Like thousands of other people, I got started with Internet photo-sharing with Webshots. It was free and easy to use.  From 2004 to 2008 I posted quilt photos in my WS album. (I used it for pictures from our 2007 trip to Newfoundland, too.) When I got a new computer in 2008 I didn't bother to download the Webshots software and instead used the an introductory (free) version of Photoshop. I started this blog in late 2008 and now post photos here (using Picasa, when Blogger decided it didn't want to accept the Photoshop pictures). 

I didn't bother to tell Webshots when I changed ISPs. Therefore I missed emails that they sent last fall.  Yesterday I tried to retrieve a quilt picture from 2006 and found out that Webshots no longer exists: " was scheduled to be closed last fall, and the company has been acquired by its original founders, who are introducing a new family photo sharing service called Smile. As of December, 2012, all photos and videos have been removed from the Webshots website and are no longer accessible. We are sorry if you did not receive our emails or see our announcements on the website, blog, and Facebook page."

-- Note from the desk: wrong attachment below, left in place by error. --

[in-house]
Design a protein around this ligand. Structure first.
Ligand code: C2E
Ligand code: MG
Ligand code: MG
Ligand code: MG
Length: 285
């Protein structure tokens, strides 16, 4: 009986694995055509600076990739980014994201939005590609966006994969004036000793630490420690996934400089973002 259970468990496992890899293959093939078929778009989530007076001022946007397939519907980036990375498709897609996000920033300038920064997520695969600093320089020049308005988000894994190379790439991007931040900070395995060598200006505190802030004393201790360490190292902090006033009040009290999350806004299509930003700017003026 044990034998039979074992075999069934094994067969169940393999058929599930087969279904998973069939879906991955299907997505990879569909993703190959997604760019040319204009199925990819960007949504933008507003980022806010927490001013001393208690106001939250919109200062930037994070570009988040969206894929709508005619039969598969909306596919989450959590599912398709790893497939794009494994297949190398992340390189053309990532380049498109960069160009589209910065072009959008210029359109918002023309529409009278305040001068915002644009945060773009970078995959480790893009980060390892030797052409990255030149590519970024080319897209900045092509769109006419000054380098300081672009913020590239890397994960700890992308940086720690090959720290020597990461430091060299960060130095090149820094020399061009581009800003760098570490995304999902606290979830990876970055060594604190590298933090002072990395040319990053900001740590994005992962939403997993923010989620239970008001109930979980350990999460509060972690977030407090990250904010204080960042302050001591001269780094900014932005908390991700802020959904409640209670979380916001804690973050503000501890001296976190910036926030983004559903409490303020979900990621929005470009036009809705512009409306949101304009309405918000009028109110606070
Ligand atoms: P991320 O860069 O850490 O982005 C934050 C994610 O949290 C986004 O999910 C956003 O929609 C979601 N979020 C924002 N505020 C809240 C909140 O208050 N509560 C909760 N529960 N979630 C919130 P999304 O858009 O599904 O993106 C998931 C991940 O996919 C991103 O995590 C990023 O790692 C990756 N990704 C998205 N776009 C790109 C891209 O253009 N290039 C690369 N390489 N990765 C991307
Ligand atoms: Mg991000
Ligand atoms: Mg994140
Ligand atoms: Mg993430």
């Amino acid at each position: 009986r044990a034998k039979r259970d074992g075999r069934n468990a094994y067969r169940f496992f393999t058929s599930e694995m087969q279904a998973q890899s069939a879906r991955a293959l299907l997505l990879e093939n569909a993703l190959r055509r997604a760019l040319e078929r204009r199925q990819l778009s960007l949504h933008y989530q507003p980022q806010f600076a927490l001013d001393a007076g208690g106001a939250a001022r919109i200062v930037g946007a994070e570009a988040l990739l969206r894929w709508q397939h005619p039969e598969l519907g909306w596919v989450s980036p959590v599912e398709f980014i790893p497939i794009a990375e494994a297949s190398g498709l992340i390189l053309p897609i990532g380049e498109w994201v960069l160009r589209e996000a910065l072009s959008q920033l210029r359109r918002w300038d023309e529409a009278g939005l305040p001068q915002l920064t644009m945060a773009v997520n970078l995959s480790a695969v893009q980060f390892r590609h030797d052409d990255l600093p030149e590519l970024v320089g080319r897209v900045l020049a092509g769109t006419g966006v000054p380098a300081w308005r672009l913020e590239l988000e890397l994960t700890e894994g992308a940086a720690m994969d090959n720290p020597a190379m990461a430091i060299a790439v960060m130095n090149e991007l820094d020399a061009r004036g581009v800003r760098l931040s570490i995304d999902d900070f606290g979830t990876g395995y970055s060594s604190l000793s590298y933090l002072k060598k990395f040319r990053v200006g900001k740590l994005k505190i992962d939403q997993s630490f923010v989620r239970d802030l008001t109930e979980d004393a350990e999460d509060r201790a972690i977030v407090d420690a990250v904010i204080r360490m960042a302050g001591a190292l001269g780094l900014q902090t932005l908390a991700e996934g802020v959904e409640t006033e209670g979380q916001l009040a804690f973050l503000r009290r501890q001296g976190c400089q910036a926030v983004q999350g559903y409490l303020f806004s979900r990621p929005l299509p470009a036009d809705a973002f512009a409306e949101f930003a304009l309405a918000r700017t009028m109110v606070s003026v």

If you had a Webshots account and didn't have your photos saved elsewhere, your digital photos got pruned, too!  And now I know that I *really* need to "do something" to consolidate and edit my digital photos.  I'll be spending some time with Picasa!


Sunday, May 19, 2013

UFO no longer!

This was my oldest UFO. I pieced the cake stand blocks in 2005, added the setting squares and triangles, and lived with it at that stage for a while.  Then I was given more of the green-sprigged tan and added the inner border.  I added the red print  outer border.  It sat in the box o' flimsies. I'd take it out, get scared at the prospect of quilting those blank setting squares, and I'd put it away. I bought backing fabric that would be "just right," and resisted using that fabric for any other project.  Last Sunday evening I bit the bullet -- pieced the back, got 'er basted, and guess what?  It wasn't as intimidating as I'd feared.  I did the now-trademark loopy flowers in all the blocks, a little circle-and-vine in the inner border, and almost-feathers in the outer border.  The quilt is 64 x 64.

That just-right green/gold backing
I am naming this one Victoria Grace in honor of my online New England quilting friends Victoria, whose blog is here:  Park Hill Farm  and Grace, whose blog is here: Citymouse Quilter
I haven't met either one in person but we've been correspondents for several years now (and of course we have expressed mutual admiration for our quilty endeavors).   Both Vic and Grace love Civil War reproduction fabric -- this quilt uses some CW repros though not exclusively.